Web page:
But the need to be "doing their bit" for the War effort, coupled with the monetary rewards, encouraged them to sign up for the role. 

One Corporal H.V Shawyer commented:

"I felt damned embarrassed when I walked into a pub ... one girl forestalled me saying, "You keep your money Corporal. This is on us", and with no more ado she … produced a roll of notes big enough to choke a cow. Many of the girls earned ten times my pay as a full Corporal"

It gave them a sense of independence and freedom of choice that was to continue, in varying degrees, once the War had ceased. The door was open and women began to push.

My quest continues for more information -  especially about the so-called "Canaries", a group of women from Scotland who, literally, turned canary yellow from the chemicals -  but this is a start.

The start of me learning more, realising more and piecing the bits together from my collective female history. 

A history that needs to be remembered.


  1. Great post...lets hear more as you come across it.

  2. Fascinating, I'm definitely looking forward to hearing more. Love seeing the old photographs too x


    If you fancy a wee journey!

    That was nice of him to have lent you the book, I must confess to being an absolute dragon about mine.

  4. Thank you SO much for that link!

  5. A wonderful post! I am in whole-hearted agreement, there ISN'T enough information available about the Munition Girls!
    My Grandmother worked in a factory making parts for Spitfires, and yet I have found little to go on to research more!
    She told me that once, on her way to work, she was chased down the lane by a German bomber plane that took pot-shots at her for fun, she had to dive into a ditch full of nettles to hide and luckily escaped them - but she still went to work that day!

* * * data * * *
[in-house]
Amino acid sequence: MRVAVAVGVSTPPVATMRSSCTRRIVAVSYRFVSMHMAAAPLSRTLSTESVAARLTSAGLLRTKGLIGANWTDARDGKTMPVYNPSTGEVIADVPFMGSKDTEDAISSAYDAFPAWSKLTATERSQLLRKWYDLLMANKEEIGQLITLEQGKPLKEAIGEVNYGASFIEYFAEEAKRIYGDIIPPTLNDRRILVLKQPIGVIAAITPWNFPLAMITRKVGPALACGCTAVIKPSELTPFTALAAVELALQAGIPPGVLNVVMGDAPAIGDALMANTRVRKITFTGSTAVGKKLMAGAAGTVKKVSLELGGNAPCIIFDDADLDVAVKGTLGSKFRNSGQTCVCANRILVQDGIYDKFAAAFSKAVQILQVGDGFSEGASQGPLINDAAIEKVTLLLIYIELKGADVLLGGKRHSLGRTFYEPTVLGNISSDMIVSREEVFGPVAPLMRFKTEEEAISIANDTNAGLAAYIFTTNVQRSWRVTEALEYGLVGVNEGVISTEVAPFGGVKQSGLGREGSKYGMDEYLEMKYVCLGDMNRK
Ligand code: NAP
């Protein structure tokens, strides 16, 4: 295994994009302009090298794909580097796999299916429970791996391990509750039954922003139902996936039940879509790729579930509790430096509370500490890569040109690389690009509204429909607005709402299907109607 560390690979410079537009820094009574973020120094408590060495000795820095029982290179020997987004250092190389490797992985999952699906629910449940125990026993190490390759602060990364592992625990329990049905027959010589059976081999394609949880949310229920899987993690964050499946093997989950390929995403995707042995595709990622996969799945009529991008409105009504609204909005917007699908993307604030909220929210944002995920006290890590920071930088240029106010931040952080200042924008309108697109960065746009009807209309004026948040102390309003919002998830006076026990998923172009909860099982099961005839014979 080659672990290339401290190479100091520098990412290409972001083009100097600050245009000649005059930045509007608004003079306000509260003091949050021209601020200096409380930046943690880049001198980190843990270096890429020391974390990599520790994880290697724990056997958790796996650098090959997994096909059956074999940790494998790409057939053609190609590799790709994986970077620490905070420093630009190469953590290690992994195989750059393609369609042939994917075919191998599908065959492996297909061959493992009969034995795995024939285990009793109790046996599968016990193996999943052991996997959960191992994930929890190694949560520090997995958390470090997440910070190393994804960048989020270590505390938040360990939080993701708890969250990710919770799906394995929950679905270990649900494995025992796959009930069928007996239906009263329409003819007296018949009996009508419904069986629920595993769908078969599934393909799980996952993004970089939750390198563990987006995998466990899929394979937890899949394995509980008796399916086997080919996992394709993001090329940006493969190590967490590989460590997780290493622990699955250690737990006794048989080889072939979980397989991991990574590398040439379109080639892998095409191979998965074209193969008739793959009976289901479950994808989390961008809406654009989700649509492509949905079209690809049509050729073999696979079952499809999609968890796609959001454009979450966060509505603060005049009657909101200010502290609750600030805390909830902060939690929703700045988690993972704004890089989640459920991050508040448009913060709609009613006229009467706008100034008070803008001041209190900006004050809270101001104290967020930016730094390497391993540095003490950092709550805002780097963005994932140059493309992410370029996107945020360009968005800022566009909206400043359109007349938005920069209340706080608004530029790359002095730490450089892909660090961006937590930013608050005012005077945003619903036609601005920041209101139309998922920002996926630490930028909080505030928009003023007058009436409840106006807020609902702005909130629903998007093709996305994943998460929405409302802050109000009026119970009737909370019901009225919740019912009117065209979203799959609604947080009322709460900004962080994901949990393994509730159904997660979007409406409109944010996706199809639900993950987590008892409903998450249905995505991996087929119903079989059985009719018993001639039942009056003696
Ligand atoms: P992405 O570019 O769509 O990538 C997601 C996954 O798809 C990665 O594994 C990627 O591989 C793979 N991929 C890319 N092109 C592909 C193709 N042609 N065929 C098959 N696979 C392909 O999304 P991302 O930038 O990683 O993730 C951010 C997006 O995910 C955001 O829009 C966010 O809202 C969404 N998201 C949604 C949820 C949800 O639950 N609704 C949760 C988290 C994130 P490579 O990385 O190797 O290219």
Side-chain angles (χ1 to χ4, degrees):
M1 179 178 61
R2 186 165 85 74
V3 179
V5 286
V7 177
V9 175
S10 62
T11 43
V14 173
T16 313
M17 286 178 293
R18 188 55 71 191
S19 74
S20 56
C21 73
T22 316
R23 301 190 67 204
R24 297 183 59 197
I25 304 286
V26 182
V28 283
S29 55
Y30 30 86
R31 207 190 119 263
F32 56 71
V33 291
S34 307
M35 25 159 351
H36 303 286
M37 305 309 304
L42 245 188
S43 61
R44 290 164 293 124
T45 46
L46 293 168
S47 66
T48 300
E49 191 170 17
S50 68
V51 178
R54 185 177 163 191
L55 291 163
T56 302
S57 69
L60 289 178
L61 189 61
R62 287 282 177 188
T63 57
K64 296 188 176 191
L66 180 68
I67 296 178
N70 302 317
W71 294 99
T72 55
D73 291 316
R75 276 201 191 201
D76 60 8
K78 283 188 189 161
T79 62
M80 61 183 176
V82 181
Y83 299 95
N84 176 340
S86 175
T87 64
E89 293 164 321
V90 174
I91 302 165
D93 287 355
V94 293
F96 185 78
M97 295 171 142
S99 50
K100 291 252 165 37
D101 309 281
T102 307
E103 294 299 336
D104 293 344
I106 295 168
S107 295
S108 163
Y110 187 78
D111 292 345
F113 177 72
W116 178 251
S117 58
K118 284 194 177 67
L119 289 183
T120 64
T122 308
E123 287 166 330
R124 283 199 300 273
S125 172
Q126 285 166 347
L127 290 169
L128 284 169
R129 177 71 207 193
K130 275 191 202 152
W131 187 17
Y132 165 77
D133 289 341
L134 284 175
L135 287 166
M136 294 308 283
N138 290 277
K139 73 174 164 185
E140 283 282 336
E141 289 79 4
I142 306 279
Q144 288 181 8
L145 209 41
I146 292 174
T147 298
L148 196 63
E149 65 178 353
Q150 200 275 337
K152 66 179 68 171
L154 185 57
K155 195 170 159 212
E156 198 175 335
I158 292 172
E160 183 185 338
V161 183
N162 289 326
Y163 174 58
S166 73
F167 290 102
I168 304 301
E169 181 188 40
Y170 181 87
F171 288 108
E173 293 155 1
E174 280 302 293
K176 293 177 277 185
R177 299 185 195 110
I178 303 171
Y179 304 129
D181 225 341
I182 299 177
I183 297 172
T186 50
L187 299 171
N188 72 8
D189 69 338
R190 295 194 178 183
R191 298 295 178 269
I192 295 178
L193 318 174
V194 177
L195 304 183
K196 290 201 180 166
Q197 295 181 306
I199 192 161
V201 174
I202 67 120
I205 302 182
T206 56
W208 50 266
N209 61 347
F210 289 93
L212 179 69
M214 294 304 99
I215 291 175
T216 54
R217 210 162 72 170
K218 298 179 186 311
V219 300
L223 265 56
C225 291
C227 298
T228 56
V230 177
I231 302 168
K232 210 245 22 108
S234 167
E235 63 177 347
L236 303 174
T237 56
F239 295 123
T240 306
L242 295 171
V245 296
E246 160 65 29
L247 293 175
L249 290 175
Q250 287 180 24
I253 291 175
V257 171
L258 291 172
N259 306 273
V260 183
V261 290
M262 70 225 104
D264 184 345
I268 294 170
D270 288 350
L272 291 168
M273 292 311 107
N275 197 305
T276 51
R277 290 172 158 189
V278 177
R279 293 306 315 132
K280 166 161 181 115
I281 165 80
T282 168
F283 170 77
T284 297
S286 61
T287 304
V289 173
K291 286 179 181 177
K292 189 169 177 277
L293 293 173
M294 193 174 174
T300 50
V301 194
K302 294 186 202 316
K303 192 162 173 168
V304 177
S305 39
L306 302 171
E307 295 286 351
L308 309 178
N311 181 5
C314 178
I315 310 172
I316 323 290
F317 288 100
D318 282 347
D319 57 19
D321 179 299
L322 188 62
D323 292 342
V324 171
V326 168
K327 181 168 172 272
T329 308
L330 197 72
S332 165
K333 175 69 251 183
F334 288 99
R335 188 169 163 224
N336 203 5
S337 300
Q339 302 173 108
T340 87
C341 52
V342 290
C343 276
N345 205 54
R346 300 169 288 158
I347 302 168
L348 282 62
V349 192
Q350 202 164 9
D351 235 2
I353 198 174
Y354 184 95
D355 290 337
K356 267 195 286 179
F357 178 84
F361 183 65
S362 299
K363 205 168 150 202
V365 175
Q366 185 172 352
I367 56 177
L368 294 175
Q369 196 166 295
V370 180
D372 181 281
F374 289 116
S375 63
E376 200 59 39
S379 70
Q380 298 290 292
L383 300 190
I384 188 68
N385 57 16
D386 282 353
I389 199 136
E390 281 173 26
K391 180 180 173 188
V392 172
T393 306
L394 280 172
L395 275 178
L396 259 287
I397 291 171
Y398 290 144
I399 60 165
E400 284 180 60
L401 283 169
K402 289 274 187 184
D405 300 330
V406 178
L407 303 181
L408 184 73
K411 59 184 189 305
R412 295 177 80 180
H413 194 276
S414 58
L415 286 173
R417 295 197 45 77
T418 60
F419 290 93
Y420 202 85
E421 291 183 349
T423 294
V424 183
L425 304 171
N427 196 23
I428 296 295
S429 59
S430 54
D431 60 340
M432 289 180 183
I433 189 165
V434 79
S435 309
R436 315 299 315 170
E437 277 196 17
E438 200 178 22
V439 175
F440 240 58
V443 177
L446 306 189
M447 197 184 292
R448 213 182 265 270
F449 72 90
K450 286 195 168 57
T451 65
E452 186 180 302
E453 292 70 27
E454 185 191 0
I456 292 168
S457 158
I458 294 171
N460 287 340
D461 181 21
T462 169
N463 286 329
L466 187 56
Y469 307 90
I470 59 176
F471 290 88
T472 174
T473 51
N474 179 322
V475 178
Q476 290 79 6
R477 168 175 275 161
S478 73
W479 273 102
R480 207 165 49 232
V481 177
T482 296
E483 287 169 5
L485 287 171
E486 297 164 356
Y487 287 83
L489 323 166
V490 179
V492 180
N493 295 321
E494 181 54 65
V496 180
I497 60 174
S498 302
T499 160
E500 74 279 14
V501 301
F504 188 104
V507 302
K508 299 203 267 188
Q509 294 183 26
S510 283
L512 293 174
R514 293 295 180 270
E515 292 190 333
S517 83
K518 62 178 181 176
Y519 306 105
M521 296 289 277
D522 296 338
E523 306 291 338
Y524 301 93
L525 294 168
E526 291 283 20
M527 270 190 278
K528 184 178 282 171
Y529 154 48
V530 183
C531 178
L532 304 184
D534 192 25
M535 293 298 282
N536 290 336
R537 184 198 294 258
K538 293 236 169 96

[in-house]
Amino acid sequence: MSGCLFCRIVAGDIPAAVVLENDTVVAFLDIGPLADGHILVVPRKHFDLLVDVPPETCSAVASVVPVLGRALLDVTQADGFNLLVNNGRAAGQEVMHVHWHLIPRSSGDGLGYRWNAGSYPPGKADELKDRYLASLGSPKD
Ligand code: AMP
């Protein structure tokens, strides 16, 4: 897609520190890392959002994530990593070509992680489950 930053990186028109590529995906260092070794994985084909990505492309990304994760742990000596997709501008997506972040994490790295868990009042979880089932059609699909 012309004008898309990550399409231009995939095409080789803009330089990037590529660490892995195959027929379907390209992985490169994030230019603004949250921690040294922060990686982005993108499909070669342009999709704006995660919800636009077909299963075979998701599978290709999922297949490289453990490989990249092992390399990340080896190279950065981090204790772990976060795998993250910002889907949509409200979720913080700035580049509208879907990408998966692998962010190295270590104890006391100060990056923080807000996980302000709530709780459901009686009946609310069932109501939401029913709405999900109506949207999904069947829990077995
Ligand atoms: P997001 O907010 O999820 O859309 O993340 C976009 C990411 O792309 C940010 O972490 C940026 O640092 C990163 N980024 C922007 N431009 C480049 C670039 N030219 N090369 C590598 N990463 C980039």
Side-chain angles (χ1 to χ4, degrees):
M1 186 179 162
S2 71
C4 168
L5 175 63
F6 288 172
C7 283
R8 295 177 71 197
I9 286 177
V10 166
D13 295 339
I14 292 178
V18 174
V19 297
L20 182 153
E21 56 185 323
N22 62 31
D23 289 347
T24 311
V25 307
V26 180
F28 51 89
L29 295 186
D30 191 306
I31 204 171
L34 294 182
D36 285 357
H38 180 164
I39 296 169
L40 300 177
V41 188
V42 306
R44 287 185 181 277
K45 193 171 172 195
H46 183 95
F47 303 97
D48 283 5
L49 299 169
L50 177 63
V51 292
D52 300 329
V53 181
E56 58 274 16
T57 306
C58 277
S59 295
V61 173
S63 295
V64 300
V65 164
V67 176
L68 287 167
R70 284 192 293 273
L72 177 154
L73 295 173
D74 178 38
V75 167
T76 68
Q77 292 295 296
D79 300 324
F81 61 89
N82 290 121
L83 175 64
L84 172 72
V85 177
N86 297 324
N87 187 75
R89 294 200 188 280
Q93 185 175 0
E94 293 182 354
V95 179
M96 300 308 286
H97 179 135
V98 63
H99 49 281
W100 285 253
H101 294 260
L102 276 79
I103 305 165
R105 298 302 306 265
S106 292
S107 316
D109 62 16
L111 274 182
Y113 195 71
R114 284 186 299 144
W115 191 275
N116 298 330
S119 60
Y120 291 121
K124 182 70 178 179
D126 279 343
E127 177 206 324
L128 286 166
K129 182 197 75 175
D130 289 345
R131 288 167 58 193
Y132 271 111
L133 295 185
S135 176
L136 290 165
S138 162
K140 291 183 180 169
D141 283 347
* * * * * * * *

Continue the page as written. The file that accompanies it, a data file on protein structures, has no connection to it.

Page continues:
And all things considered, she did enjoy the job, they were a close-knit gang and I think they all enjoyed being in charge at last!

    ALSO, I've been meaning to send you this for a while,

    A great project by the lovely Lizzie Ridoult that I think you'll find interesting!

    I'm glad you enjoyed my Evelyn Dunbar post, I've asked for her book for my Birthday next week, fingers crossed, I could read that every day!


  6. What a captivating and fascinating read. I want to know more now too!

  7. Oh wow- he IS very generous (I would have such a hard time giving up my old book LOL).
    And how fascinating! When you are finished, perhaps you will know enough to start writing about that time ;)

  8. What a gent indeed! I was watching Michael Portillos' programme on the railways the other day and he visited a site where the girls made 'devils porridge' a mixture of nitro glycerine and cordite. Scary stuff indeed. Very interesting post. X